Adams Street Landlord’s Litigious History Shows Why Tenants Need Counsel

When A.J. Pokorny’s tenants stopped paying rent because of unsafe living conditions, he took them to court

 · May 28, 2022
Landlord A.J. Pokorny facing questions outside his Adams St properties on May 16, 2022. | Yejoon Koh

While Adolph J. Pokorny’s properties on Adams Street fell into disrepair, the landlord was busy taking tenants to court to collect unpaid rent. In at least one instance, tenants refused to pay rent because of unsafe living conditions, only to be compelled by the Delaware Justice of Peace Court to pay anyway.

According to a review of Delaware state court records by Delaware Call, Pokorny is listed as plaintiff in more than 700 cases dating back to the late 1990s, most of which appear to involve Pokorny suing tenants. Many of those cases were dropped by Pokorny, apparently after reaching private settlements with tenants. However, when compromise could not be found, Delaware courts often sided with Pokorny.

In at least one instance back in 2013, tenants who lived at 808 N. Adams St. Apt. 2 stopped paying rent for months after the property was condemned by the city of Wilmington as “unfit for human habitation.”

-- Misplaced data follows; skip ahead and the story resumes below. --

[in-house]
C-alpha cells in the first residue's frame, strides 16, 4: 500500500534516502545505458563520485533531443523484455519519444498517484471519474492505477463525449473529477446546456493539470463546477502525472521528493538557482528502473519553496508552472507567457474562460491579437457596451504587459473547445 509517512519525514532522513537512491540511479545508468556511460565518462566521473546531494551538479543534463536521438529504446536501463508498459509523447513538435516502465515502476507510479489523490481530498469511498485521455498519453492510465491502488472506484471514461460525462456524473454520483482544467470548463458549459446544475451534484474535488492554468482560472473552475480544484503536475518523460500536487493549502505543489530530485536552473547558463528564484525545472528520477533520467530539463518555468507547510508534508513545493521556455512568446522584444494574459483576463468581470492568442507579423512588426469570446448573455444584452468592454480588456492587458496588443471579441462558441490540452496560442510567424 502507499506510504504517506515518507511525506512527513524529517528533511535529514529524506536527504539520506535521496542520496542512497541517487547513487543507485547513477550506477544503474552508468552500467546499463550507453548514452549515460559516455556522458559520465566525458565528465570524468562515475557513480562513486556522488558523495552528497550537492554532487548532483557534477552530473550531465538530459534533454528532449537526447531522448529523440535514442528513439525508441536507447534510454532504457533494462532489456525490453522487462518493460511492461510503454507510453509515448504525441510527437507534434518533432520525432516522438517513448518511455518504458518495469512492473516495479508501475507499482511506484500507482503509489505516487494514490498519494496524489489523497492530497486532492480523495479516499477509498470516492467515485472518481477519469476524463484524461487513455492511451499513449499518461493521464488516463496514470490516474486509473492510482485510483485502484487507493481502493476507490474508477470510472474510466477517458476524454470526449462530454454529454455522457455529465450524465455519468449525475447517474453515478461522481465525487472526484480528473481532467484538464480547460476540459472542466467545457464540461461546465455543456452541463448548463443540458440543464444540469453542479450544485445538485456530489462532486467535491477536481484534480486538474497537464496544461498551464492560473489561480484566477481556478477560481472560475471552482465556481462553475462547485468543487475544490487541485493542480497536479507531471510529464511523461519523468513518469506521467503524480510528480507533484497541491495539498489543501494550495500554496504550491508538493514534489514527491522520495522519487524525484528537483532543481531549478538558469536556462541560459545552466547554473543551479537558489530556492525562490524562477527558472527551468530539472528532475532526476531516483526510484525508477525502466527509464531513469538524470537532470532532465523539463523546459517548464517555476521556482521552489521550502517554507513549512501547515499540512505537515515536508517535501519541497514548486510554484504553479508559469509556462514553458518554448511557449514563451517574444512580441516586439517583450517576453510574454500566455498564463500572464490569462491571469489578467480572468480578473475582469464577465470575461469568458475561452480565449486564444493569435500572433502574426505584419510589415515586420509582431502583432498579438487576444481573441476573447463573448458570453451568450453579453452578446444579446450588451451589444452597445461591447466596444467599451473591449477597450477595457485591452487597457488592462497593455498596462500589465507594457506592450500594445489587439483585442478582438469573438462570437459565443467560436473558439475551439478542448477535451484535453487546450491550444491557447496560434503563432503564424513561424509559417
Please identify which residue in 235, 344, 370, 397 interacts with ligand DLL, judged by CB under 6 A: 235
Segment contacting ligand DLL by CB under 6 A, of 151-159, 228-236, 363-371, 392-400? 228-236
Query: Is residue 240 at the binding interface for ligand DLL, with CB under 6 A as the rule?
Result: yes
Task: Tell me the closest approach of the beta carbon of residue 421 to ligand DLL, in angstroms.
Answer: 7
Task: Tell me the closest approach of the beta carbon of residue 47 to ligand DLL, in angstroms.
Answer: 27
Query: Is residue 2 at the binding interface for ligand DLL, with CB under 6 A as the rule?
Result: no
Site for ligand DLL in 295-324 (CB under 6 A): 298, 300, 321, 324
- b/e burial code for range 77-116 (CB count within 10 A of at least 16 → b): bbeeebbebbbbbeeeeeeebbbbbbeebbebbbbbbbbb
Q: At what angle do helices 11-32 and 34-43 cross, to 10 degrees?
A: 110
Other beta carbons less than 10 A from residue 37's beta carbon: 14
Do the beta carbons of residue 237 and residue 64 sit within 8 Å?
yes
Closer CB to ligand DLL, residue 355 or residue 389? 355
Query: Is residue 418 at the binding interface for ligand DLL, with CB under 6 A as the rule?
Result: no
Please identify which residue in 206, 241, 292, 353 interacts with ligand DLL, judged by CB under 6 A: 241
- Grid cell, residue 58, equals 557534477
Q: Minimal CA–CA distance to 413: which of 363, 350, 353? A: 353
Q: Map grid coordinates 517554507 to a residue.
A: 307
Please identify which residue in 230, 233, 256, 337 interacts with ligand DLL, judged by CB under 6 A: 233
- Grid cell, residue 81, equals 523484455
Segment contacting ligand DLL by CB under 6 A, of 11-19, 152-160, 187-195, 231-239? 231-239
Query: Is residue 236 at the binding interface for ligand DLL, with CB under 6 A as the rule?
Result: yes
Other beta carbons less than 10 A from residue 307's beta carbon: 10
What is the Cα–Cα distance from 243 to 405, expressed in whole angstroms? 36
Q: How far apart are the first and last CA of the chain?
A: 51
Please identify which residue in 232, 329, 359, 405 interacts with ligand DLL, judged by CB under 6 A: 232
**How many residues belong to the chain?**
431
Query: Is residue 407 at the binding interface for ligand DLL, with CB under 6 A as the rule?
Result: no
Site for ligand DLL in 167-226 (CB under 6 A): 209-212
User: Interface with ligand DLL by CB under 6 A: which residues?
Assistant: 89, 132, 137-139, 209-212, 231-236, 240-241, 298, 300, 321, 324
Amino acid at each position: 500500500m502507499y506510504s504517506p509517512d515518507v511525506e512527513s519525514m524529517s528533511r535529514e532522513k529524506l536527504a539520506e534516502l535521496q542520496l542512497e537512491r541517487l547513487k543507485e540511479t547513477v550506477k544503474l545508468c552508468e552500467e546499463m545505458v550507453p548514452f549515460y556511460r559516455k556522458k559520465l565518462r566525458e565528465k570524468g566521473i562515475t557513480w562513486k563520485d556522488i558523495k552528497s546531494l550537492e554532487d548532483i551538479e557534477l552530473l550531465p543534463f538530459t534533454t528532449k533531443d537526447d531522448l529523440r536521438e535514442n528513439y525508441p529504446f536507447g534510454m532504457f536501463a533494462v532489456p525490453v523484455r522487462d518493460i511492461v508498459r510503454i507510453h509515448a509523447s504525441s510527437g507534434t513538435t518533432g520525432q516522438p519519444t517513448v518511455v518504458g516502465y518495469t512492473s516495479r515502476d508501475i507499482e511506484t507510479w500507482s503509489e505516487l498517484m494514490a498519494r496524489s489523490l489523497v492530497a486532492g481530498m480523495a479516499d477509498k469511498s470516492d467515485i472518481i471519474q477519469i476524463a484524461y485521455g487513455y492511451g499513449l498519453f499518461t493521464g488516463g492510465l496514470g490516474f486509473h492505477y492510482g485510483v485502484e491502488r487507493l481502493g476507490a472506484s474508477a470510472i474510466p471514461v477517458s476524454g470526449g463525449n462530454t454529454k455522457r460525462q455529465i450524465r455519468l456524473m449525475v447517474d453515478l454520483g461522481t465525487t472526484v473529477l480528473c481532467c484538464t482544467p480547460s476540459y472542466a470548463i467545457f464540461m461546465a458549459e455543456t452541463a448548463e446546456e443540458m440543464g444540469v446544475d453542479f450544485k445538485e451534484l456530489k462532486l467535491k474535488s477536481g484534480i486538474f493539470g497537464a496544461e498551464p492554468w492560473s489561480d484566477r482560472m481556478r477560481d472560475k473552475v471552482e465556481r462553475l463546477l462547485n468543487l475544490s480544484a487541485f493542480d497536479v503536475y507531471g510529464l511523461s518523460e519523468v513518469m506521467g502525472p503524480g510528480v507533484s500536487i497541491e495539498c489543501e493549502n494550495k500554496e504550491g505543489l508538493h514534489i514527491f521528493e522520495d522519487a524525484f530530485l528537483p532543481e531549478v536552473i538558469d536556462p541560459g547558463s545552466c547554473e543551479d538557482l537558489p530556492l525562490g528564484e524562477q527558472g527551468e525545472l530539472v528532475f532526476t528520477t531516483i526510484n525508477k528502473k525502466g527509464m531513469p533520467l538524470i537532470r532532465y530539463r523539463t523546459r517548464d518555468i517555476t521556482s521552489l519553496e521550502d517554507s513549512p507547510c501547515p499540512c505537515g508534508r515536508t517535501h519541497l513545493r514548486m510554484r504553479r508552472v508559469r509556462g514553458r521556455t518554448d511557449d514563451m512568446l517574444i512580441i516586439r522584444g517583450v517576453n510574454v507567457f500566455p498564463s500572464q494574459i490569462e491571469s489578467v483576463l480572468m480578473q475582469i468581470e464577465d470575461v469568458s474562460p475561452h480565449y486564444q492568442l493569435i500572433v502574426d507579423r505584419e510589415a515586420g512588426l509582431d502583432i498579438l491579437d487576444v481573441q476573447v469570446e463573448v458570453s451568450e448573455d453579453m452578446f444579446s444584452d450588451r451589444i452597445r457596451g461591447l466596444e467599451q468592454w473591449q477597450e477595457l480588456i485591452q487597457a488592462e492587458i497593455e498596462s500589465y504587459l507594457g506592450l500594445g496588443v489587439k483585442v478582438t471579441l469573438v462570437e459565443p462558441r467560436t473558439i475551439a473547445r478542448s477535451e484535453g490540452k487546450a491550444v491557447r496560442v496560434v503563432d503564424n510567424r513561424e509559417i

The tenants, Tracy Robinson and Dwight Andenous, entered into a lease agreement with Pokorny in July 2012 for the apartment, paying $575 per month until a leak developed in the living room, after which the rent was lowered to $475 per month. However, after a heavy downpour on August 13, 2013, the leaky ceiling collapsed on Robinson and injured her head.

Wilmington’s Department of Licensing and Inspection condemned the apartment, but Robinson continued to live there anyway while repairs were being made but without paying rent.

Before the repairs were even finished — and while the property was still condemned — Pokorny took the tenants to court, arguing that because the tenants “chose to remain in the unit despite the order condemning the unit,” they “should have to pay rent in some form.”

It’s unclear why Pokorny was not compelled to provide substitute housing for the tenants, per Delaware’s Landlord-Tenant Code, which places the obligation on the landlord should a property be condemned.

According to the hundreds of Delaware state court records involving Pokorny, including more than a dozen during the height of the COVID-19 pandemic in 2020 and 2021, many of his lawsuits were resolved without going to trial. In this instance however, the tenants fought back:

In response, [Robinson] argued that she should have to pay no rent during the time the unit was condemned, and since she had never been advised that the order of the condemnation had been lifted, she believed the unit condemned to this day. She argued that the leak still exists in some form and has never been adequately repaired.

Although court records neither confirm nor deny the tenants’ claim that Pokorny failed to adequately repair the leak in the roof, a structural engineer’s report filed last week with the city of Wilmington indicated that three out of six apartments at 808 Adams have active leaks, including Apt. 2 where Robinson and Andenous formerly resided.